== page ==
Why Matt Rhule is unlikely to return to college football — at least not yet

Through RJ Jung
FOX Sports College Football Writer

Matt Rhule isn’t returning to coaching — not in 2022. And, if we’re going to place bets, not in 2023 either.

In fact, I’m not sure Rhule should even return to the coaching ranks. He gets paid $40 million to go home. He gets $834,000 a month for the next 48 months for not working.

When the Carolina Panthers informed him he was relieved of his duties, Rhule probably considered getting full Ed Orgeron, who, when LSU paid him $17.5 million not to work, replied, “By how much am I supposed to go and which door do you want me to come out bro?’”

If it were you and you were offered that kind of moolah Not If you bang your head in Tom Brady’s department tomorrow, you probably wouldn’t show up for work either.

Will Matt Rhule return to college?

Will Matt Rhule return to college?

In his Week 7 mailbag, RJ Young answers fan questions, including whether Matt Rhule could return to college after his release from the Carolina Panthers.

Sure, buyouts are part of football life. It’s the price of being able to fire someone, and for the last month, administrators have been handing out eight-figure checks like stimulus packages to the likes of Rhule — Paul Chryst in Wisconsin, Karl Dorrell in Colorado, Scott Frost in Nebraska.

Nebraska certainly has the funding and fan base to support a rebuild. The state rallies around the Huskers and the stadium continues to sell out even when the Huskers are bad.

They’re nearing 400 consecutive sellouts at Lincoln in a sport that only plays six or seven home games a year. Trev Alberts knows better than most that Rhule could help the Huskers.

In Wisconsin, however, if the Badgers finish anywhere remotely respectable, it feels like Jim Leonhard will remove his interim tag at the end of the season. He’s one of the sport’s top defensive line coaches and a legend in Madison.

Georgia Tech and Colorado would do well to get in touch with Rhule, but they’re hard sells for a man who’s accomplished as much as he has.

Tech competes for players in the same regional pool as the SEC and ACC, and as much as college football fans claim that winning recruitment at home is the formula for winning football, players come from all over the place. And Rhule would need to do that to win in a state where the defending champions are just down the street in Athens.

But the real problem with these programs is someone else getting fired from a Power 5 program. And if you’re convinced of Rhule becoming manager in 2023, why wouldn’t he want to wait and see what else ensues?

Is Baker Mayfield to blame for Matt Rhule’s sacking?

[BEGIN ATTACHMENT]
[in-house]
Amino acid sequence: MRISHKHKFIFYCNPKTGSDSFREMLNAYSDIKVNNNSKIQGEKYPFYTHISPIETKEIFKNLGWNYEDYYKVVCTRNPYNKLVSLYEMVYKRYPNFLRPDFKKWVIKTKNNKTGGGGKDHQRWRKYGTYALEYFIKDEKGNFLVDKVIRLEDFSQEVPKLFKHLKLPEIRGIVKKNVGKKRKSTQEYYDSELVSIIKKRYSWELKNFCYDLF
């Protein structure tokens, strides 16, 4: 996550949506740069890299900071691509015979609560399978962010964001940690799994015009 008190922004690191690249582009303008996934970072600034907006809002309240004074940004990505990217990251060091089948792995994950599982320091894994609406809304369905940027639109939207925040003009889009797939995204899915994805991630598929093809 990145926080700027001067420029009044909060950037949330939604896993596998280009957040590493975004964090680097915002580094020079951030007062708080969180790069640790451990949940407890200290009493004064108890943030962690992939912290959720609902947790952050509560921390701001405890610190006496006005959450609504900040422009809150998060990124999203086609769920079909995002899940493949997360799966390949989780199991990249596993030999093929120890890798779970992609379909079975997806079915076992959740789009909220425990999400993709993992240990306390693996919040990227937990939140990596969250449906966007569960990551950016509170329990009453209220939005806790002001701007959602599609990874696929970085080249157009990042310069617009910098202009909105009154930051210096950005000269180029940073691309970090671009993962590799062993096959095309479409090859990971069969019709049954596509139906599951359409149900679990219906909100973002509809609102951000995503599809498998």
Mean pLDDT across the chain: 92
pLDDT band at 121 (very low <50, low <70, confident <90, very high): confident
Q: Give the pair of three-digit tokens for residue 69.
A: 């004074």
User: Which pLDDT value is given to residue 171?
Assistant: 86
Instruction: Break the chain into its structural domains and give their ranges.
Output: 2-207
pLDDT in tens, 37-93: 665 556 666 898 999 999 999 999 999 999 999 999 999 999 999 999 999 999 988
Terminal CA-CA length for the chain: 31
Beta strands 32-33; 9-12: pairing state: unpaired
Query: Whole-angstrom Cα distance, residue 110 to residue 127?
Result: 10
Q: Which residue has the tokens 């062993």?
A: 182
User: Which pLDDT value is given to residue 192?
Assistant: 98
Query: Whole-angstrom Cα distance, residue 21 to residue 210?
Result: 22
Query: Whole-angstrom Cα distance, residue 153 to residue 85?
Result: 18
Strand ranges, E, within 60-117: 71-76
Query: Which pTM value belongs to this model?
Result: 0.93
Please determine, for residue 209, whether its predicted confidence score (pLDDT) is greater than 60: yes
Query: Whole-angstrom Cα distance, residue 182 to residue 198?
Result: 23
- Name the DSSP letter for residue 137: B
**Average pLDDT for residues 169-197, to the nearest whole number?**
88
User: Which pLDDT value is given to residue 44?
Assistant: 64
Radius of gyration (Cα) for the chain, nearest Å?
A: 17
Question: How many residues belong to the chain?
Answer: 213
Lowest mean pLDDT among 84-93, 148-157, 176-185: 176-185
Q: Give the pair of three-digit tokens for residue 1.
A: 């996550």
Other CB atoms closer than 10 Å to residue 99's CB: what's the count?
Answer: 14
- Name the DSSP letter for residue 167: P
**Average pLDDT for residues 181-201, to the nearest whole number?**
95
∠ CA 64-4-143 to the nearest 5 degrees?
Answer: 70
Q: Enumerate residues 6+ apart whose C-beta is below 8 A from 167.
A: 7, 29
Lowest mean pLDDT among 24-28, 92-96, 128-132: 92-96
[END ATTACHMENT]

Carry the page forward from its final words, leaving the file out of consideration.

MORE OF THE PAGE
Is Baker Mayfield to blame for Matt Rhule's sacking?

The Carolina Panthers fired Matt Rhule after a 1-4 start. Baker Mayfield is now playing for his sixth manager in five seasons.

Coaches aren’t the types who settle for sitting on a hefty buyout while mowing lawns and completing honey-do lists. Gus Malzahn, for example, took $21 million from Auburn’s money and went straight to work in Central Florida.

It happens.

But Rhule? With $40 million in your pocket? Come on now.

And yet there are still people who believe that despite all the extra work that comes with college play, he could be persuaded to rebuild their broken programs.

Recruitment is an everyday affair, even if the NCAA calendar doesn’t say so. They either recruit players to come or recruit to stay, and the best head coaches spend more time on the phone — talking or texting — than with the trainer ball.

But you still think Rhule wants to coach your team. I get it. Losing is terrible. We hate losing more than we hate winning.

That feeling that the right guy will show up, clean the house, and put your program back on the path to seriousness, maybe even a championship, that’s what this game is all about.

For university presidents, the stakes are even higher. The right head football coach can lead to an increase in enrollment, a higher average ACT among freshmen, an increase in alumni donations, and ultimately, an increase in college tuition.

For a university president, the head soccer coach might as well be the chief marketing officer. So I’m not the least bit upset that admins with bad football programs are drawing a clean line outside Rhule’s door in Carolina.

He has certainly proven himself to be a consummate program builder.

The man took a job at Temple and turned that program into a winner — 10-3 in 2016 while Rhule was in charge — with a quarterback best known for shedding light on an alternative football league that won’t even have football in 2022 played. If you don’t know who this quarterback is, talk to me.

By the time Rhule arrived in Baylor, both the university and the football program were in shambles. After one of the worst sexual assault scandals in great sporting history, Baylor was forced to clean the house and Rhule was the man who accepted the task of returning Baylor’s winning pedigree.

And I’ll be dipped in chili and rolled in breadcrumbs if he didn’t go 1-11 in 2017, 7-6 in 2018, and 11-3 in 2019. And you have to think, if he can do that at Baylor, why couldn’t he do that at Nebraska or even Georgia Tech?

The truth is he might. And since trainers are the type to keep climbing a greasy pole, they’ll likely get back on at some level.

But at $40 million, I’m willing to bet it’ll be some time before he does.

RJ Young is a national college football writer and analyst for FOX Sports and the host of the podcast “The number one college football show.” Follow him on Twitter at @RJ_Young and subscribe to The RJ Young Show on YouTube.

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